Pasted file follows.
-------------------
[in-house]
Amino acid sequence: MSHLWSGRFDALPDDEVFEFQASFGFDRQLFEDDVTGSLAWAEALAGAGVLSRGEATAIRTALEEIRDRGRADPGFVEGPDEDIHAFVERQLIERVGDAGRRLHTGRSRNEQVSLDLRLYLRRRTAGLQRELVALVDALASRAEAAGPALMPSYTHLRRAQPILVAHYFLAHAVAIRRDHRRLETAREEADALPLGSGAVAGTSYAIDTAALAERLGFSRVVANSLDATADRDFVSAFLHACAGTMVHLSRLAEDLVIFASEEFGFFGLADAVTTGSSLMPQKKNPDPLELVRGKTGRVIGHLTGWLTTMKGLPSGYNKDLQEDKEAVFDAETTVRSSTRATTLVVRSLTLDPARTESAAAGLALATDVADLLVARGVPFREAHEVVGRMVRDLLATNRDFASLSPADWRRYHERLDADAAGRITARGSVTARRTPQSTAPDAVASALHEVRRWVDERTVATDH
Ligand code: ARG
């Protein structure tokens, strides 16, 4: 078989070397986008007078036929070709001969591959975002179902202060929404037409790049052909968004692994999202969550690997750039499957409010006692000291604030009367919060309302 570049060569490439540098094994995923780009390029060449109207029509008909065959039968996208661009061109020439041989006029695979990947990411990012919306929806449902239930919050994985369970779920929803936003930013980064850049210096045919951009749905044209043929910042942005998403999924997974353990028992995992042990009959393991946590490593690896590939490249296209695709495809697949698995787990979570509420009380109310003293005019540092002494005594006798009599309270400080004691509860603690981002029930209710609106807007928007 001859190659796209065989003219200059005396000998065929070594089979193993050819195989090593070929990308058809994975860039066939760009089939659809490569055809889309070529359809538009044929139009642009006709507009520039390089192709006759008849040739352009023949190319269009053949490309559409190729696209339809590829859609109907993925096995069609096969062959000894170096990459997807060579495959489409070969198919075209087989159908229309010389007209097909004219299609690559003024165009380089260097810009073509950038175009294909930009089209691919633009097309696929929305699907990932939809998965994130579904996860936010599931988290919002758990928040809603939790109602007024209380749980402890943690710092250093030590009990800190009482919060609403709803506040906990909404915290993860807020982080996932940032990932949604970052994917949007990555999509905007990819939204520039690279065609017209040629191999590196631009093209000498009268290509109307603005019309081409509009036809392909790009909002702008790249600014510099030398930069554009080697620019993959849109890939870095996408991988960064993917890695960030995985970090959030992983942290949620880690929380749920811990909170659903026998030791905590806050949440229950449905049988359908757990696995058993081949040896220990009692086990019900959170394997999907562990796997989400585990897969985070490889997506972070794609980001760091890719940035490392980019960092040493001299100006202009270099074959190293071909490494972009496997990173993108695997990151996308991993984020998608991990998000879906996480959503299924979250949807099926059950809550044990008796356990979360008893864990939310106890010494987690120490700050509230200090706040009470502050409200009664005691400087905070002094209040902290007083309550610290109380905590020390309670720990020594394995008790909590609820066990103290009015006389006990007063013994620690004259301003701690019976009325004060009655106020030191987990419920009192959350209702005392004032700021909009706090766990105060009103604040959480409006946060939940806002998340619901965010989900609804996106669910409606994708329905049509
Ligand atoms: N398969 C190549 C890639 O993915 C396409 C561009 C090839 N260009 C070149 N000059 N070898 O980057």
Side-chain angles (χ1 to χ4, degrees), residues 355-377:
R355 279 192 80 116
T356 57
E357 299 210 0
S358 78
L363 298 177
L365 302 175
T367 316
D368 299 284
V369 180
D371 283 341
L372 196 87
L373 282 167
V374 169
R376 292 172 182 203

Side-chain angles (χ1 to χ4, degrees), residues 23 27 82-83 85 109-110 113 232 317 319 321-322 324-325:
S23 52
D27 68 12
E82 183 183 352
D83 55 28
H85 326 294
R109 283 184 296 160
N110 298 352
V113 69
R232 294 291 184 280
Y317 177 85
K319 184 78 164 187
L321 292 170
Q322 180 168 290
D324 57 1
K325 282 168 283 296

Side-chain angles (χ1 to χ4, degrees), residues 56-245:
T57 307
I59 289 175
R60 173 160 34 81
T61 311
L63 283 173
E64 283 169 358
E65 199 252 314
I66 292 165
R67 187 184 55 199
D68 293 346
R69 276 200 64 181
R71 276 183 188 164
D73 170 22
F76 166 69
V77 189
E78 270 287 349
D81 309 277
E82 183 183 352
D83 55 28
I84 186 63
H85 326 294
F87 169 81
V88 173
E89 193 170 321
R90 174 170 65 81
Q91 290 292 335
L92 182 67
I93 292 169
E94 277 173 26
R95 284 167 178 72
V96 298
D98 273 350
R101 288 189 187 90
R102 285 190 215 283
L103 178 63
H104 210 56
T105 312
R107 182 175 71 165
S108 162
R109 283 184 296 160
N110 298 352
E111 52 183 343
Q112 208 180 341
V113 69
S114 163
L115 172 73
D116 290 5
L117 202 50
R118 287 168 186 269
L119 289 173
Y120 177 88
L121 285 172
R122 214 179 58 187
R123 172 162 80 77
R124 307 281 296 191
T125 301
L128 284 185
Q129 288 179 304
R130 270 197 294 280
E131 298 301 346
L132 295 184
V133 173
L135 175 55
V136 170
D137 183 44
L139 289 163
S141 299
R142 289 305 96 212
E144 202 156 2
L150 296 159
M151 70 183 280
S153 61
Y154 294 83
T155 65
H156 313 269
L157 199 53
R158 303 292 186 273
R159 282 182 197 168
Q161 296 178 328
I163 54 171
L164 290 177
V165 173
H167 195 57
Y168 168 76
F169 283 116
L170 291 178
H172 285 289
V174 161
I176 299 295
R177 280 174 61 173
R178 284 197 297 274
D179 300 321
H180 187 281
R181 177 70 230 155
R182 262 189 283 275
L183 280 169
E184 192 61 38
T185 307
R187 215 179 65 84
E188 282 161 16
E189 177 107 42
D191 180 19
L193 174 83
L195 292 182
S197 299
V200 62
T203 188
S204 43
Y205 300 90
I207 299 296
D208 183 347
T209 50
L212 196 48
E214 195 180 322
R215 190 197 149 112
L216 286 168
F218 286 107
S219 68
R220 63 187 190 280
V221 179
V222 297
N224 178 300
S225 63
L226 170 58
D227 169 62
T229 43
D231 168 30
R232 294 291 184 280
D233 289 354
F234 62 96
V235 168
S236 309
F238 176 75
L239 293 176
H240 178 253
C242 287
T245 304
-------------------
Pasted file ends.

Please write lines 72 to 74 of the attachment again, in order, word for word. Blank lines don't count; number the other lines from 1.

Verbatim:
L103 178 63
H104 210 56
T105 312